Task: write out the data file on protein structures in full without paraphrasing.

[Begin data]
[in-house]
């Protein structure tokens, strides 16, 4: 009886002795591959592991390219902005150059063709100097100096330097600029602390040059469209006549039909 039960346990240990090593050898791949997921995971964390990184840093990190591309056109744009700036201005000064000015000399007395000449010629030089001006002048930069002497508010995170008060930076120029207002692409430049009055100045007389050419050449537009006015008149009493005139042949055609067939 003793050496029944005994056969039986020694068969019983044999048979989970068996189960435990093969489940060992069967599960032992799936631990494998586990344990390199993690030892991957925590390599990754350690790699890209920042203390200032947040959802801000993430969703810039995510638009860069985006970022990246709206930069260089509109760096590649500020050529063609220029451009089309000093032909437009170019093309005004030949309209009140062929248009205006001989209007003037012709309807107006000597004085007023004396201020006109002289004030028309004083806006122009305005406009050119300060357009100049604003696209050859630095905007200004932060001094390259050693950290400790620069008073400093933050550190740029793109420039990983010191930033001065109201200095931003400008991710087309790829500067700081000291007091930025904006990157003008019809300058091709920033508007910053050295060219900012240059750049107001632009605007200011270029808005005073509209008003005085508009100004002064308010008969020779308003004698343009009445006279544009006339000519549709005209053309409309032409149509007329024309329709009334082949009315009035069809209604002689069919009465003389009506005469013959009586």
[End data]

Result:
[in-house]
């Protein structure tokens, strides 16, 4: 009886002795591959592991390219902005150059063709100097100096330097600029602390040059469209006549039909 039960346990240990090593050898791949997921995971964390990184840093990190591309056109744009700036201005000064000015000399007395000449010629030089001006002048930069002497508010995170008060930076120029207002692409430049009055100045007389050419050449537009006015008149009493005139042949055609067939 003793050496029944005994056969039986020694068969019983044999048979989970068996189960435990093969489940060992069967599960032992799936631990494998586990344990390199993690030892991957925590390599990754350690790699890209920042203390200032947040959802801000993430969703810039995510638009860069985006970022990246709206930069260089509109760096590649500020050529063609220029451009089309000093032909437009170019093309005004030949309209009140062929248009205006001989209007003037012709309807107006000597004085007023004396201020006109002289004030028309004083806006122009305005406009050119300060357009100049604003696209050859630095905007200004932060001094390259050693950290400790620069008073400093933050550190740029793109420039990983010191930033001065109201200095931003400008991710087309790829500067700081000291007091930025904006990157003008019809300058091709920033508007910053050295060219900012240059750049107001632009605007200011270029808005005073509209008003005085508009100004002064308010008969020779308003004698343009009445006279544009006339000519549709005209053309409309032409149509007329024309329709009334082949009315009035069809209604002689069919009465003389009506005469013959009586």